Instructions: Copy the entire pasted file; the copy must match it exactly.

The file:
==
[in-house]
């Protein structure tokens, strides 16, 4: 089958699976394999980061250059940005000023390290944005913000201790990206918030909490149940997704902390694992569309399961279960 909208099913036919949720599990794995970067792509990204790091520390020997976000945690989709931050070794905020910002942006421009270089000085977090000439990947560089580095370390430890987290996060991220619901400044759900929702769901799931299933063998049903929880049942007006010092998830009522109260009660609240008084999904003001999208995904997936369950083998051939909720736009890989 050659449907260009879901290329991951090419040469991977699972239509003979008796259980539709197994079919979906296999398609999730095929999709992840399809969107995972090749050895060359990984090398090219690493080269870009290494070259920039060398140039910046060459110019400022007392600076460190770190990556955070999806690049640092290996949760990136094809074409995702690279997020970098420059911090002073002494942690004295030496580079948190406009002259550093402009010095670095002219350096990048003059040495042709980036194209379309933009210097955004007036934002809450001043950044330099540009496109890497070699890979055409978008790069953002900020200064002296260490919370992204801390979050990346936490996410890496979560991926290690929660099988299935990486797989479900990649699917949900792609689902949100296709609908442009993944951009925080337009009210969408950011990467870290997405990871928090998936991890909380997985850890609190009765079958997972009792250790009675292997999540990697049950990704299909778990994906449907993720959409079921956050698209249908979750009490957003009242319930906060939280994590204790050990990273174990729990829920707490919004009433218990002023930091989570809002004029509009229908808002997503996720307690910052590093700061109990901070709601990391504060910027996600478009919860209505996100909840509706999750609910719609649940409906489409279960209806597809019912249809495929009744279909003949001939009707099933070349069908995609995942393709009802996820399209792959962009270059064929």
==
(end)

[in-house]
């Protein structure tokens, strides 16, 4: 089958699976394999980061250059940005000023390290944005913000201790990206918030909490149940997704902390694992569309399961279960 909208099913036919949720599990794995970067792509990204790091520390020997976000945690989709931050070794905020910002942006421009270089000085977090000439990947560089580095370390430890987290996060991220619901400044759900929702769901799931299933063998049903929880049942007006010092998830009522109260009660609240008084999904003001999208995904997936369950083998051939909720736009890989 050659449907260009879901290329991951090419040469991977699972239509003979008796259980539709197994079919979906296999398609999730095929999709992840399809969107995972090749050895060359990984090398090219690493080269870009290494070259920039060398140039910046060459110019400022007392600076460190770190990556955070999806690049640092290996949760990136094809074409995702690279997020970098420059911090002073002494942690004295030496580079948190406009002259550093402009010095670095002219350096990048003059040495042709980036194209379309933009210097955004007036934002809450001043950044330099540009496109890497070699890979055409978008790069953002900020200064002296260490919370992204801390979050990346936490996410890496979560991926290690929660099988299935990486797989479900990649699917949900792609689902949100296709609908442009993944951009925080337009009210969408950011990467870290997405990871928090998936991890909380997985850890609190009765079958997972009792250790009675292997999540990697049950990704299909778990994906449907993720959409079921956050698209249908979750009490957003009242319930906060939280994590204790050990990273174990729990829920707490919004009433218990002023930091989570809002004029509009229908808002997503996720307690910052590093700061109990901070709601990391504060910027996600478009919860209505996100909840509706999750609910719609649940409906489409279960209806597809019912249809495929009744279909003949001939009707099933070349069908995609995942393709009802996820399209792959962009270059064929």